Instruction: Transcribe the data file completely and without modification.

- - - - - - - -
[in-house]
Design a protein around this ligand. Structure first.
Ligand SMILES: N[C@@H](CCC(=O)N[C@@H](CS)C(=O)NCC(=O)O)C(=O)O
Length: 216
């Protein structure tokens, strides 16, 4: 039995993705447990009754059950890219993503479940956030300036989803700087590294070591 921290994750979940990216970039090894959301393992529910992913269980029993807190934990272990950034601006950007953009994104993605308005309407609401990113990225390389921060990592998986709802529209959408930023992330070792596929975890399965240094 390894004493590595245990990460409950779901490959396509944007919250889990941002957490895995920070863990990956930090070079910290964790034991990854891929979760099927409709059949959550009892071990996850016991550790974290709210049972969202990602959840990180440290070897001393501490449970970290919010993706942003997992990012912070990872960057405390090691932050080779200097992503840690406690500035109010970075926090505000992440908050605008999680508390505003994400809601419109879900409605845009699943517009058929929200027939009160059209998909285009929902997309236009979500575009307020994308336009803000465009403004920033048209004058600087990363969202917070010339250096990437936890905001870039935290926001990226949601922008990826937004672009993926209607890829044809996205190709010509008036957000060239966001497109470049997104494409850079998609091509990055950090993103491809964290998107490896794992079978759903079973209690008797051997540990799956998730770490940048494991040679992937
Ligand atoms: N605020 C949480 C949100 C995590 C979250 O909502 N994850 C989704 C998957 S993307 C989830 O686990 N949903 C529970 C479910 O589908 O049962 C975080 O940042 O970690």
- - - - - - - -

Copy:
[in-house]
Design a protein around this ligand. Structure first.
Ligand SMILES: N[C@@H](CCC(=O)N[C@@H](CS)C(=O)NCC(=O)O)C(=O)O
Length: 216
């Protein structure tokens, strides 16, 4: 039995993705447990009754059950890219993503479940956030300036989803700087590294070591 921290994750979940990216970039090894959301393992529910992913269980029993807190934990272990950034601006950007953009994104993605308005309407609401990113990225390389921060990592998986709802529209959408930023992330070792596929975890399965240094 390894004493590595245990990460409950779901490959396509944007919250889990941002957490895995920070863990990956930090070079910290964790034991990854891929979760099927409709059949959550009892071990996850016991550790974290709210049972969202990602959840990180440290070897001393501490449970970290919010993706942003997992990012912070990872960057405390090691932050080779200097992503840690406690500035109010970075926090505000992440908050605008999680508390505003994400809601419109879900409605845009699943517009058929929200027939009160059209998909285009929902997309236009979500575009307020994308336009803000465009403004920033048209004058600087990363969202917070010339250096990437936890905001870039935290926001990226949601922008990826937004672009993926209607890829044809996205190709010509008036957000060239966001497109470049997104494409850079998609091509990055950090993103491809964290998107490896794992079978759903079973209690008797051997540990799956998730770490940048494991040679992937
Ligand atoms: N605020 C949480 C949100 C995590 C979250 O909502 N994850 C989704 C998957 S993307 C989830 O686990 N949903 C529970 C479910 O589908 O049962 C975080 O940042 O970690």